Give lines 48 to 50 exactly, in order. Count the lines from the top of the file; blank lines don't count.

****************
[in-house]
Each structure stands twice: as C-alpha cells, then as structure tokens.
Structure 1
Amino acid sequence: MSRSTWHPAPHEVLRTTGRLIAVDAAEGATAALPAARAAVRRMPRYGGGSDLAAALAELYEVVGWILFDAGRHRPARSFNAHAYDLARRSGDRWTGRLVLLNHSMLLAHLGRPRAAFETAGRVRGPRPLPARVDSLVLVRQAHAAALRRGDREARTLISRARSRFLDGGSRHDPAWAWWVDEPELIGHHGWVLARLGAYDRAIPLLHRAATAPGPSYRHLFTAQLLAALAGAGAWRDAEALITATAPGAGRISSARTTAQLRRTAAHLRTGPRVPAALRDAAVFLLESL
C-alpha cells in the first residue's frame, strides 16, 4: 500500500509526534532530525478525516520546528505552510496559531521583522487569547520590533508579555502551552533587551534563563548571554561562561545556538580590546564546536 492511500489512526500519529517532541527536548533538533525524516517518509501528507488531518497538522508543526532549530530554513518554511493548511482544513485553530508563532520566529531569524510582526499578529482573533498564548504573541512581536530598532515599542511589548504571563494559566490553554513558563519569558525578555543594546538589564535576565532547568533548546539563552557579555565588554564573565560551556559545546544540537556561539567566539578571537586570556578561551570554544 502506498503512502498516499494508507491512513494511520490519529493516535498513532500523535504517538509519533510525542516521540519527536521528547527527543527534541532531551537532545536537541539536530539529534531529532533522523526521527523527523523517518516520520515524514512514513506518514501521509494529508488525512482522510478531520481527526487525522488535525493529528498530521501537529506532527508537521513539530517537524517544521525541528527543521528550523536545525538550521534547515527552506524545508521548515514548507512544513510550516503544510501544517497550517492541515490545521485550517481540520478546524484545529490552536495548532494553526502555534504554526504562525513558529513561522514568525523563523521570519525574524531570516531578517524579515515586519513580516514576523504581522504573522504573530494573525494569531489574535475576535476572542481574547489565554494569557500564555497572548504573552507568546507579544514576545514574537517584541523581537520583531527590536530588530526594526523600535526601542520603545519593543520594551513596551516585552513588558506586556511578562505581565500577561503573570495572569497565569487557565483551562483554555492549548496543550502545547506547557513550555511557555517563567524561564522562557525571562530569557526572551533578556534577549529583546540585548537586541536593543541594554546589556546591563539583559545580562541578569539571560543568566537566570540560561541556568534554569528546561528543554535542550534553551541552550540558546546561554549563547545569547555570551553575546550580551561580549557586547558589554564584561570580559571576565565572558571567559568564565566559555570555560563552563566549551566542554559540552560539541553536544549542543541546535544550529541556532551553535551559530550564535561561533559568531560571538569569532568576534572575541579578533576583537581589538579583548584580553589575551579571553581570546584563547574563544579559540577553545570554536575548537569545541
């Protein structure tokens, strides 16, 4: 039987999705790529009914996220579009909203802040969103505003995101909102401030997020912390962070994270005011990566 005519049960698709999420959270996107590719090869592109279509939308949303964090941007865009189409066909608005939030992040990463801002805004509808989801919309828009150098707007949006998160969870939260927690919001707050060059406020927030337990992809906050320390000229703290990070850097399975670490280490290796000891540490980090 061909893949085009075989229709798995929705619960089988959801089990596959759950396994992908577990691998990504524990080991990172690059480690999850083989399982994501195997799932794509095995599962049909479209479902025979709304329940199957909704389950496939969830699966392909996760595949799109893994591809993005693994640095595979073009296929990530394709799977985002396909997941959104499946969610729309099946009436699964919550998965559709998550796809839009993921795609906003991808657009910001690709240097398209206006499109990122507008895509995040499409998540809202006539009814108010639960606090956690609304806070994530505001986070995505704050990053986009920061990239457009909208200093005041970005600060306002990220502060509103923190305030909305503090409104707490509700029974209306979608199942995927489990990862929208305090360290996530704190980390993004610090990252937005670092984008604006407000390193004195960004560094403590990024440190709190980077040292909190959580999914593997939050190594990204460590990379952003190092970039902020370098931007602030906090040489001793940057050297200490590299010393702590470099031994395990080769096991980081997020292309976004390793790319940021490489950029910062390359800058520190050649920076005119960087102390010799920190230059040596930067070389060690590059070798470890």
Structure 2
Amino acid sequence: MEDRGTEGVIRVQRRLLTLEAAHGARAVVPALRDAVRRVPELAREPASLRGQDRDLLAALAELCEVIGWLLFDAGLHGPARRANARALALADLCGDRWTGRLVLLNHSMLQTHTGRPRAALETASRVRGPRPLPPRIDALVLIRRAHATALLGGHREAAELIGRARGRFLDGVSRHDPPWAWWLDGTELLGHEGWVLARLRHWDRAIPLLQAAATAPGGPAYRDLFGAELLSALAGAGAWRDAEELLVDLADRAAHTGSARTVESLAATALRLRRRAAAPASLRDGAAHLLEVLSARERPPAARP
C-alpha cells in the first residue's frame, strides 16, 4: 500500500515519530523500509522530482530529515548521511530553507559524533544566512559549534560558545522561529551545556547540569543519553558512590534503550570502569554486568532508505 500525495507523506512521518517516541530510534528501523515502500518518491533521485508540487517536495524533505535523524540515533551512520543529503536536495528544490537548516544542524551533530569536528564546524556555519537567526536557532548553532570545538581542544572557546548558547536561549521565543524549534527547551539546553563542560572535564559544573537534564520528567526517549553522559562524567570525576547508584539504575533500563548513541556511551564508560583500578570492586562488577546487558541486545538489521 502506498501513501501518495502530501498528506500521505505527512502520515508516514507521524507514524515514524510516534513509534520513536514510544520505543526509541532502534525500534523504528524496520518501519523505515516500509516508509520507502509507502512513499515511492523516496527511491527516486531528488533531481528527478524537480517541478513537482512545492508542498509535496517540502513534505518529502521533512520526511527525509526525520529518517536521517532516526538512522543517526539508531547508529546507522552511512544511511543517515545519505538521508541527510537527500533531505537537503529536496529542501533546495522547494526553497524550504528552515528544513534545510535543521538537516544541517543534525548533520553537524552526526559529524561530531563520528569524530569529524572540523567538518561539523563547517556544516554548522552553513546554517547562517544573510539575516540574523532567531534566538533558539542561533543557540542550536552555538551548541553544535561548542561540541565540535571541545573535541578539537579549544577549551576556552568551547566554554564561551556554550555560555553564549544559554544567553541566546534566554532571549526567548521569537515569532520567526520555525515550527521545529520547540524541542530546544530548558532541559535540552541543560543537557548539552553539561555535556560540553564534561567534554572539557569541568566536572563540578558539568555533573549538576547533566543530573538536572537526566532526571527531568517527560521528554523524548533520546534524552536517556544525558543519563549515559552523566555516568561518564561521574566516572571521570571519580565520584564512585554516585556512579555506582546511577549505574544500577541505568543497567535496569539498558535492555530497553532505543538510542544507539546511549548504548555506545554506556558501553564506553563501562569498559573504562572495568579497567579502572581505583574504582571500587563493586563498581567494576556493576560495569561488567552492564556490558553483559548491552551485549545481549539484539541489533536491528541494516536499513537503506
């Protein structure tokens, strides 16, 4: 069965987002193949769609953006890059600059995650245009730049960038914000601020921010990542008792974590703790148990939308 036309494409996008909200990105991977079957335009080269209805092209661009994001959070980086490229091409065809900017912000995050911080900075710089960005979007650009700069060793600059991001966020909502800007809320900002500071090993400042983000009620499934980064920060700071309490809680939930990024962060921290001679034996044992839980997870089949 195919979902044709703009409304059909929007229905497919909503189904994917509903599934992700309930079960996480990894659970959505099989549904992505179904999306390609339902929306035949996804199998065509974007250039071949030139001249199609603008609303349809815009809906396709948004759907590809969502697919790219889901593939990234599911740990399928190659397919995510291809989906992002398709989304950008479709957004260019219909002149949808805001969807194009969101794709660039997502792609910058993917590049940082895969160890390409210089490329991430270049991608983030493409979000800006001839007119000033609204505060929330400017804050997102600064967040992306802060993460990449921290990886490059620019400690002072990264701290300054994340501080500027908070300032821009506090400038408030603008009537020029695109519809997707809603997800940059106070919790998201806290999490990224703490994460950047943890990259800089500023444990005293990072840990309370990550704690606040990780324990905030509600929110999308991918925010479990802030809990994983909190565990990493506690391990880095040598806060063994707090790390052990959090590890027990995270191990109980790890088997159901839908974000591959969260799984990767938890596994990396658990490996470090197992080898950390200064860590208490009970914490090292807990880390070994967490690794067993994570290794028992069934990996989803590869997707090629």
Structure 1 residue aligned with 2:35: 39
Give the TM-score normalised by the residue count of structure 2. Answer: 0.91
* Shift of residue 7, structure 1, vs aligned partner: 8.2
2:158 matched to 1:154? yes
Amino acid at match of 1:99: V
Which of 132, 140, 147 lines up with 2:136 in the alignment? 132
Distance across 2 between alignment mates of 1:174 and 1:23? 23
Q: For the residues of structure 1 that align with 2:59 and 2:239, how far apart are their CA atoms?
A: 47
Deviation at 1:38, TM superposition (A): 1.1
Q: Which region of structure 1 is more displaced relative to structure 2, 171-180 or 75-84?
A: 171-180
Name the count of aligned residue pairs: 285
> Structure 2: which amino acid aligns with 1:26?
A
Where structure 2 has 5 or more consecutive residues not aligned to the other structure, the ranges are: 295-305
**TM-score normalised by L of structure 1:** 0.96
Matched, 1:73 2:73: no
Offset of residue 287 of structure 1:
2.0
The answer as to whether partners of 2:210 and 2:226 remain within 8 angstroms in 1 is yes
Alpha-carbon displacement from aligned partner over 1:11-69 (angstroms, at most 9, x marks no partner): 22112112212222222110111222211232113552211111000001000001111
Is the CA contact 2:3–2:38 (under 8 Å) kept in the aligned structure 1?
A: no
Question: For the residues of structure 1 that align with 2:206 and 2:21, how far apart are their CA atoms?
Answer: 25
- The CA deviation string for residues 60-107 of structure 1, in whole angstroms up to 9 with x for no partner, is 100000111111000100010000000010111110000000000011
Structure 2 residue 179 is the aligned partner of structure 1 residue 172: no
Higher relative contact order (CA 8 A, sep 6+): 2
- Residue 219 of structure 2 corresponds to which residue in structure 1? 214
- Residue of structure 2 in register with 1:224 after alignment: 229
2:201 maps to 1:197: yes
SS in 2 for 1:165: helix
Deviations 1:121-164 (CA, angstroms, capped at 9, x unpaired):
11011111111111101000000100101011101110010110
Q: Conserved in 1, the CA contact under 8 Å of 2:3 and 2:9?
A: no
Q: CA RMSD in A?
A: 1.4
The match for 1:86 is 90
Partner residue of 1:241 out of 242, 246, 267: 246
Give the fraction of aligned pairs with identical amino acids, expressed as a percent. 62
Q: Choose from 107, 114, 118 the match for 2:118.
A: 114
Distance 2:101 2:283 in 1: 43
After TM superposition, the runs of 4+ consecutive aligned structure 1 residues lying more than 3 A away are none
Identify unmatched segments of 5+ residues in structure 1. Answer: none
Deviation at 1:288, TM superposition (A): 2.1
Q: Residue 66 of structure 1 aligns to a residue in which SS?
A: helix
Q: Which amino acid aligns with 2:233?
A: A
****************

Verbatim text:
Q: CA RMSD in A?
A: 1.4
The match for 1:86 is 90